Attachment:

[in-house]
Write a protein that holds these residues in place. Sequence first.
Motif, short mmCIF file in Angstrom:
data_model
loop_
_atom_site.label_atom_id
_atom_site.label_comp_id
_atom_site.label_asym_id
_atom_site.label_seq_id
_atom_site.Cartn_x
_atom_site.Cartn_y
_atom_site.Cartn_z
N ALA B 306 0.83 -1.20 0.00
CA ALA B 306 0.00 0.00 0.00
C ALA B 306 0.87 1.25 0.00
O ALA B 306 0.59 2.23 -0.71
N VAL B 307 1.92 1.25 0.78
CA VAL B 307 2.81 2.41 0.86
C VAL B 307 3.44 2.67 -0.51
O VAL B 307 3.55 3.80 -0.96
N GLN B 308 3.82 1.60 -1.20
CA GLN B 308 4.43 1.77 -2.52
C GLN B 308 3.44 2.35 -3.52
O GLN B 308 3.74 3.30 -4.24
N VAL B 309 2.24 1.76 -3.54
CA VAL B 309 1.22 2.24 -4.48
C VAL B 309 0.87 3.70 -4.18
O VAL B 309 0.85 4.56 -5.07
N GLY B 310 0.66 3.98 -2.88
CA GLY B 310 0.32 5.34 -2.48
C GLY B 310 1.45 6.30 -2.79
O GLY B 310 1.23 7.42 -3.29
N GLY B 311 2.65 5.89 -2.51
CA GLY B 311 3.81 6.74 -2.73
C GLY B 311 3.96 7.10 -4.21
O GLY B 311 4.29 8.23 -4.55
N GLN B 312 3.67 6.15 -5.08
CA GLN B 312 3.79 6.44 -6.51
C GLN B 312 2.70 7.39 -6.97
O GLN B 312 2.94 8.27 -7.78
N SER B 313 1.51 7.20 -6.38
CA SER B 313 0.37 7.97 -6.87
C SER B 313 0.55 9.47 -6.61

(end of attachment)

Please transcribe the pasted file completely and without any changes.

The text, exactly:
[in-house]
Write a protein that holds these residues in place. Sequence first.
Motif, short mmCIF file in Angstrom:
data_model
loop_
_atom_site.label_atom_id
_atom_site.label_comp_id
_atom_site.label_asym_id
_atom_site.label_seq_id
_atom_site.Cartn_x
_atom_site.Cartn_y
_atom_site.Cartn_z
N ALA B 306 0.83 -1.20 0.00
CA ALA B 306 0.00 0.00 0.00
C ALA B 306 0.87 1.25 0.00
O ALA B 306 0.59 2.23 -0.71
N VAL B 307 1.92 1.25 0.78
CA VAL B 307 2.81 2.41 0.86
C VAL B 307 3.44 2.67 -0.51
O VAL B 307 3.55 3.80 -0.96
N GLN B 308 3.82 1.60 -1.20
CA GLN B 308 4.43 1.77 -2.52
C GLN B 308 3.44 2.35 -3.52
O GLN B 308 3.74 3.30 -4.24
N VAL B 309 2.24 1.76 -3.54
CA VAL B 309 1.22 2.24 -4.48
C VAL B 309 0.87 3.70 -4.18
O VAL B 309 0.85 4.56 -5.07
N GLY B 310 0.66 3.98 -2.88
CA GLY B 310 0.32 5.34 -2.48
C GLY B 310 1.45 6.30 -2.79
O GLY B 310 1.23 7.42 -3.29
N GLY B 311 2.65 5.89 -2.51
CA GLY B 311 3.81 6.74 -2.73
C GLY B 311 3.96 7.10 -4.21
O GLY B 311 4.29 8.23 -4.55
N GLN B 312 3.67 6.15 -5.08
CA GLN B 312 3.79 6.44 -6.51
C GLN B 312 2.70 7.39 -6.97
O GLN B 312 2.94 8.27 -7.78
N SER B 313 1.51 7.20 -6.38
CA SER B 313 0.37 7.97 -6.87
C SER B 313 0.55 9.47 -6.61